Tuesday evenings, fellows led discussions on Together, Dr. Murthy’s memoir on the loneliness crisis in the United States. The novel addressed diversity in experiences, while our dialogue promoted understanding of them.
During the session I led, I asked the following prompts:
Some themes that stood out from these chapters that I wanted to highlight are social connections and empathy.
- Have any of these themes ever stood out to you while at Penn?
In chapter three, Dr. Murthy talks about “Cultures of Connection” Which are essentially communities that create opportunities to help each other through life and model the importance of social connections and vulnerability (WisBusiness News Summary)
- Whatever culture you identify with–how would you describe the value placed on social connections?
- Under our SNF Paideia pillars of dialogue, wellness, service, and citizenship, which pillars do you associate with creating social connections?
In chapter four, the second theme that stood out to me was empathy. Page 136 discusses the concept of Collective empathy. “When you go to where people live and you sit with them, you actually begin collective empathy–you see the world from how they perceive and live it” (136).
- Is this a concept anyone can recall experiencing? If so, where?
As a book club without the required reading component (fellows were encouraged to join even if they had not read the chapters), each person had a unique takeaway:
“Sometimes our social experience fails to meet social expectations”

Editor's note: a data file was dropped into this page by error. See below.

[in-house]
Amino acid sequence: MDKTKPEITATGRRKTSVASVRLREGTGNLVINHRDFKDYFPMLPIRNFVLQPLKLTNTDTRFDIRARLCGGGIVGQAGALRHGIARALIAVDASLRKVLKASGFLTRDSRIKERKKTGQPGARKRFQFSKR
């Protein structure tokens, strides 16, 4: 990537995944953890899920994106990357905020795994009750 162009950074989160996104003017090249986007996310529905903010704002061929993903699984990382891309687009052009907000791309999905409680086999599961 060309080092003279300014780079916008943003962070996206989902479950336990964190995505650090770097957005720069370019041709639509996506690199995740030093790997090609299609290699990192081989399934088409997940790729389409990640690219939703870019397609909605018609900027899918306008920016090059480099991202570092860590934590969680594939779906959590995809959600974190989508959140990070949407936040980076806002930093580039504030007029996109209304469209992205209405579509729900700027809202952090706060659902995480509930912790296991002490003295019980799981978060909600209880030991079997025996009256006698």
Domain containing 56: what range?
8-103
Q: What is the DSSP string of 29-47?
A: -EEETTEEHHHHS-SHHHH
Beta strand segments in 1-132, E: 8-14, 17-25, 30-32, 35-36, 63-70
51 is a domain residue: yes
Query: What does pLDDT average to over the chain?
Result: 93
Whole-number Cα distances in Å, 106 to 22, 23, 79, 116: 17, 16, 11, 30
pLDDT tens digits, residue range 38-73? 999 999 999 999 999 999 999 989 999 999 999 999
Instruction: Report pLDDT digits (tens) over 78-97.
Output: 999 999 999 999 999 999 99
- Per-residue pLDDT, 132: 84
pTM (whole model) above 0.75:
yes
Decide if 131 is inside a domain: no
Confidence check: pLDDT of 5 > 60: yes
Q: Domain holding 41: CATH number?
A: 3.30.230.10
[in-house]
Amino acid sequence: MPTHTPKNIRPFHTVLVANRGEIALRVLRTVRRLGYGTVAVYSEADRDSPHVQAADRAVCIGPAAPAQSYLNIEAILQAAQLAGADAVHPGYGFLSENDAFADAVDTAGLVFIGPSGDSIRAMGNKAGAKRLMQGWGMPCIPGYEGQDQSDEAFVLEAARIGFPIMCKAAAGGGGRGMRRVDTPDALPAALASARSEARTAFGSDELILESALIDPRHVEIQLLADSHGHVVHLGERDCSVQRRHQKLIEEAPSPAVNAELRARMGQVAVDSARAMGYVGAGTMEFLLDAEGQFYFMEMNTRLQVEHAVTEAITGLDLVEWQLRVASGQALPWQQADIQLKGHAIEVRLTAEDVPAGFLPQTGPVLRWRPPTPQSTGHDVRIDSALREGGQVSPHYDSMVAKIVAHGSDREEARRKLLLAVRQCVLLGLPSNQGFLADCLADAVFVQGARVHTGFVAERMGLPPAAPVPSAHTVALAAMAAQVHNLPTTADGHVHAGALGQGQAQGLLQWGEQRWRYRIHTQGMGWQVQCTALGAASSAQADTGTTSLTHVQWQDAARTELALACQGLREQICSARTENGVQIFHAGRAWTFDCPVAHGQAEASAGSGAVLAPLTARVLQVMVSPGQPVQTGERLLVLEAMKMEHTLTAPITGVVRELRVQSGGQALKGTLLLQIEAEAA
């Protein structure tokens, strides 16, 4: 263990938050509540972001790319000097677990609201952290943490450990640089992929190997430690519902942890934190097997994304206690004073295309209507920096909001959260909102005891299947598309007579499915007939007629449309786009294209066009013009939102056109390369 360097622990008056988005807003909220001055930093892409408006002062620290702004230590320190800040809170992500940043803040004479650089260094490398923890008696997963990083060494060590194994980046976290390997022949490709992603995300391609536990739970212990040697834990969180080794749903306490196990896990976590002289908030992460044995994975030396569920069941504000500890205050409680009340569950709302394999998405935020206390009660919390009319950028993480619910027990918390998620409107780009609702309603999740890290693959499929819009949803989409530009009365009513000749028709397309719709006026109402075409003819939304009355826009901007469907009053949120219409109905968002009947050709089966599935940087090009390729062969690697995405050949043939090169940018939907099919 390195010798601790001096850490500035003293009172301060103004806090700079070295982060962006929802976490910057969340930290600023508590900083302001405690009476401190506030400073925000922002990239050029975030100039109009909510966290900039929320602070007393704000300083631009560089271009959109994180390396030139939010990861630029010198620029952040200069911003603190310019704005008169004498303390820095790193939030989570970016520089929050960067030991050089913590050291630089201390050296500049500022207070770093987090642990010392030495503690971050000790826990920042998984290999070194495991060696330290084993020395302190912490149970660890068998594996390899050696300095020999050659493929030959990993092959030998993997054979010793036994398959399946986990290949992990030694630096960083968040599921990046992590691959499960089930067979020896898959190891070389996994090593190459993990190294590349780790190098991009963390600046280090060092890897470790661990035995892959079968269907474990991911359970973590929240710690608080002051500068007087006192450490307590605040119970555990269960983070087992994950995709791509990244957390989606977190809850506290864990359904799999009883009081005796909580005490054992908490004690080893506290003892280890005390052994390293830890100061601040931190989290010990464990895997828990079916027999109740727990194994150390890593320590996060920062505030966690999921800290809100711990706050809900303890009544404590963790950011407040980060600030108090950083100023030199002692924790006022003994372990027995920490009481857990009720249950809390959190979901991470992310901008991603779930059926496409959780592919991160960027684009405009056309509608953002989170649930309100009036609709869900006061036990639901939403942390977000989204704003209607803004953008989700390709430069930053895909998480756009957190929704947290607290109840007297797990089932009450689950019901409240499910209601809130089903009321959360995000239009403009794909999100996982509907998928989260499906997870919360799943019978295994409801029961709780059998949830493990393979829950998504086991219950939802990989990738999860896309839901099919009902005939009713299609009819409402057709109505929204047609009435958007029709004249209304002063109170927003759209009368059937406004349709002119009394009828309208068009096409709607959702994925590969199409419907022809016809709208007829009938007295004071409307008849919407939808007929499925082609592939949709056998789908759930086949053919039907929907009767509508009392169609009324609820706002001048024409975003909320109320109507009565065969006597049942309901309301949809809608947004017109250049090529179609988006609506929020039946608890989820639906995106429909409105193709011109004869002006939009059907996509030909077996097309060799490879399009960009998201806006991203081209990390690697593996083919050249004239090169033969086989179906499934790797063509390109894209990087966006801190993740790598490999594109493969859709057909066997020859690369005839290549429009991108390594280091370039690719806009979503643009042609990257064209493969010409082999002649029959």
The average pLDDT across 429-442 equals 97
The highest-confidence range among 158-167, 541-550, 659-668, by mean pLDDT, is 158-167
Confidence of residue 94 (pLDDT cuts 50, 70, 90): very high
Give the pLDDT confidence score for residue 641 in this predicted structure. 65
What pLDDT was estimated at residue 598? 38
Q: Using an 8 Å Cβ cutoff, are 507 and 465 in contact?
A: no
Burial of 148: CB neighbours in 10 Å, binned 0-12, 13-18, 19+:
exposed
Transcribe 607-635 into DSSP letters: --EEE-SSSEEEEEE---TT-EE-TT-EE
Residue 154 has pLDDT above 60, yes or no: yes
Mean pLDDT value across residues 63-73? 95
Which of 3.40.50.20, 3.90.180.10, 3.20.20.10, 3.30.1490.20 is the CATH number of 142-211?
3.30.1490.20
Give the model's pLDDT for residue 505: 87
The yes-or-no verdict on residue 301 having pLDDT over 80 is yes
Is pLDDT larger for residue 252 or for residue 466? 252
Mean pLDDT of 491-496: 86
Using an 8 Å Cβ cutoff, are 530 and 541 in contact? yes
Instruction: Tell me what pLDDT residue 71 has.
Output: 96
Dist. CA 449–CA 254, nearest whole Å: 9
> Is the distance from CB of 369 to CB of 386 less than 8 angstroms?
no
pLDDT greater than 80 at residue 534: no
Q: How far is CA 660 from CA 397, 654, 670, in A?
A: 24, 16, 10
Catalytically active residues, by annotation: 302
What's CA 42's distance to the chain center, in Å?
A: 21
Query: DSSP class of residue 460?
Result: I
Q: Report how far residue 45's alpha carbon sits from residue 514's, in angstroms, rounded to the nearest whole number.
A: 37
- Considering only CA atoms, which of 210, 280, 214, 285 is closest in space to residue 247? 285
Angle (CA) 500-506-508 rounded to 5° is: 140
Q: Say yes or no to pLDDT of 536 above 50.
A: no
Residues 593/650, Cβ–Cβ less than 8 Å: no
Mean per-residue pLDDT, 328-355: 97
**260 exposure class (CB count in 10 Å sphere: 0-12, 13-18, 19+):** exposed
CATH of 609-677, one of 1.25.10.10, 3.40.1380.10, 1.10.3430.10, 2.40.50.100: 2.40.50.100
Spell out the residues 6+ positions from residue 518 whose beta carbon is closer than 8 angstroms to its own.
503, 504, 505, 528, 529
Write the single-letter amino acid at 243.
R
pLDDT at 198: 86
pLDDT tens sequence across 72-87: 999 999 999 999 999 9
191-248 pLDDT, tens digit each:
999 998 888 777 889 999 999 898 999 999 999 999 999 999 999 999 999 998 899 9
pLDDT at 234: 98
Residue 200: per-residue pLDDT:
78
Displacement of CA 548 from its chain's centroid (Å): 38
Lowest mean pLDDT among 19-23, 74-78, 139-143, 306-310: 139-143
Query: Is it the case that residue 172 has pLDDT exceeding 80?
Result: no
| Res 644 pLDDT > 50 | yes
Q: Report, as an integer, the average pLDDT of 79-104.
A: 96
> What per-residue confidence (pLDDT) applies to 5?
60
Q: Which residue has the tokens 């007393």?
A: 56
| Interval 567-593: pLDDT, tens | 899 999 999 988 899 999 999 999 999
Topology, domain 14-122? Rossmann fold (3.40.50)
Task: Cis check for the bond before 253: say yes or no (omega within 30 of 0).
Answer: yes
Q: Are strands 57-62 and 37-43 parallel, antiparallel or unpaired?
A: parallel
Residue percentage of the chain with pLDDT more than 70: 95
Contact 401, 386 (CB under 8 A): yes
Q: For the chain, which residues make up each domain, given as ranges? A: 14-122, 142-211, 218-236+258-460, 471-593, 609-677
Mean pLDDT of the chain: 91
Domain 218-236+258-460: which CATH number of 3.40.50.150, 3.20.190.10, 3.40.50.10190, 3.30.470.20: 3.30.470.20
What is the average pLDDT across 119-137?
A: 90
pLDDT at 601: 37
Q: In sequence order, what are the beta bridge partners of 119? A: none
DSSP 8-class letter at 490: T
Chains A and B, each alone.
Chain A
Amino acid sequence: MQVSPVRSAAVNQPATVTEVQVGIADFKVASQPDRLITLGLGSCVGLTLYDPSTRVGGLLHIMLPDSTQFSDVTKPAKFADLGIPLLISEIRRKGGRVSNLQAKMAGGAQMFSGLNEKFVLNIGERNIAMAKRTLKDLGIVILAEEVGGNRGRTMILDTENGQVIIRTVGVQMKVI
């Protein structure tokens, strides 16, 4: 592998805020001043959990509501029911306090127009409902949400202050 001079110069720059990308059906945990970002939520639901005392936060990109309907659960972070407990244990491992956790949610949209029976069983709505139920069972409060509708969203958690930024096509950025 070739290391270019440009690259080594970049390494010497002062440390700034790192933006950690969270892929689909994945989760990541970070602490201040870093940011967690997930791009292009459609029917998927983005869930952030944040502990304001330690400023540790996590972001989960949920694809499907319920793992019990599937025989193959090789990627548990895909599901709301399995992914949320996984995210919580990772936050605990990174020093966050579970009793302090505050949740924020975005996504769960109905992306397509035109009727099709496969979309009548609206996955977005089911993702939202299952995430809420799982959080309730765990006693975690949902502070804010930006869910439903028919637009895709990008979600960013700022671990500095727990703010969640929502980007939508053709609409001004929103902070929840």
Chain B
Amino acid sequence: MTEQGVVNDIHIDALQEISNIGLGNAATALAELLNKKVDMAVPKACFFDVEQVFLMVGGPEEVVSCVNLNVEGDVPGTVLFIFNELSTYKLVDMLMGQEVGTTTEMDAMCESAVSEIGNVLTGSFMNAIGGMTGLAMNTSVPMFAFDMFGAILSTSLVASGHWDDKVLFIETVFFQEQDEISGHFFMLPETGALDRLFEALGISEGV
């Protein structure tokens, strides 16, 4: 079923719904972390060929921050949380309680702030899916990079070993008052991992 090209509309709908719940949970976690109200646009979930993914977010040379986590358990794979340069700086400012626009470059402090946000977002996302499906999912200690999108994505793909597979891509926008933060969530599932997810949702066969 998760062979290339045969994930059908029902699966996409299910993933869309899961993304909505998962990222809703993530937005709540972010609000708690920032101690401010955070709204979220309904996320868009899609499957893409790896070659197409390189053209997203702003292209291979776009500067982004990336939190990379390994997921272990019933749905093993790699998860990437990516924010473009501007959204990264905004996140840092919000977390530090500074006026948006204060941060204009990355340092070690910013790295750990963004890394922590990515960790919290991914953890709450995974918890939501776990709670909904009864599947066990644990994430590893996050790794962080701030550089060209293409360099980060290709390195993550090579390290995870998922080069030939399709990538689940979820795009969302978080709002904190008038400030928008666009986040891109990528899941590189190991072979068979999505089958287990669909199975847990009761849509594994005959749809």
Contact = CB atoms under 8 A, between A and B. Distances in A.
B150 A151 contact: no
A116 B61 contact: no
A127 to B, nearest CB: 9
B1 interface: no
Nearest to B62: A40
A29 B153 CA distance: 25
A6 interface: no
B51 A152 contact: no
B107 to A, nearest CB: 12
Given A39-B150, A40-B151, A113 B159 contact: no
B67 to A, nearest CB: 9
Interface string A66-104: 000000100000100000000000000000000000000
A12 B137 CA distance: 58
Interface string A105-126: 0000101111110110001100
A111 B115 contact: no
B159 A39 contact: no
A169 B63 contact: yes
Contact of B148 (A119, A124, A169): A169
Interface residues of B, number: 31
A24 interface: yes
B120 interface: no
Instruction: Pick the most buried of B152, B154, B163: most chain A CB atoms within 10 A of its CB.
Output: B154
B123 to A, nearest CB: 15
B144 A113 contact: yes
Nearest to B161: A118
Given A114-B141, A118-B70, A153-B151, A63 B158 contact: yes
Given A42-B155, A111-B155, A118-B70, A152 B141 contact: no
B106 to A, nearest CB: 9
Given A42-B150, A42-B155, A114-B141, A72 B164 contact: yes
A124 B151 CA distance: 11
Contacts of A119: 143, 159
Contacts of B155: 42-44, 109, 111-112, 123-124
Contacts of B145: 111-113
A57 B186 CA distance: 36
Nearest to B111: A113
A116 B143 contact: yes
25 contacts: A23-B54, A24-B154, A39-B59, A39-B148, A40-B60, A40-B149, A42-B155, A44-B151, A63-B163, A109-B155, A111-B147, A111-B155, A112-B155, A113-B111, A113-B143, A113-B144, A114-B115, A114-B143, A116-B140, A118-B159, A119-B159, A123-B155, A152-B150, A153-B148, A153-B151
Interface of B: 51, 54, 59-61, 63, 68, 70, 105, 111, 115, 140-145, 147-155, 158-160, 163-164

“In life, friendships occur for a season, a reason, or a lifetime”
“Recognizing the foundation of one’s emotions is also a form of empathy”
Given the same prompt, everyone had a different answer, stemming from a different story. This dialogue across difference resulted in an empathetic conversation. Given an answer that differed widely from one’s original thought, we formed a cumulative understanding of one another.
Additionally, we established the following unspoken norms of conversation.
- Student-led to ensure a sense of talking with each other, rather than being talked at
- Acknowledging others’ perspectives with respect and praise for their bravery in sharing
- Active listening to build and reflect on each other’s thoughts
- Asking follow up questions about each other
And this is how, despite coming from various majors and several states, we kept the conversation going across not only our distance but our overall difference. In the end, everyone left feeling a little bit better than they had before.
As an icebreaker before and after our conversation, I used a mood meter. Fellows agreed they felt more pleasant colors by the end.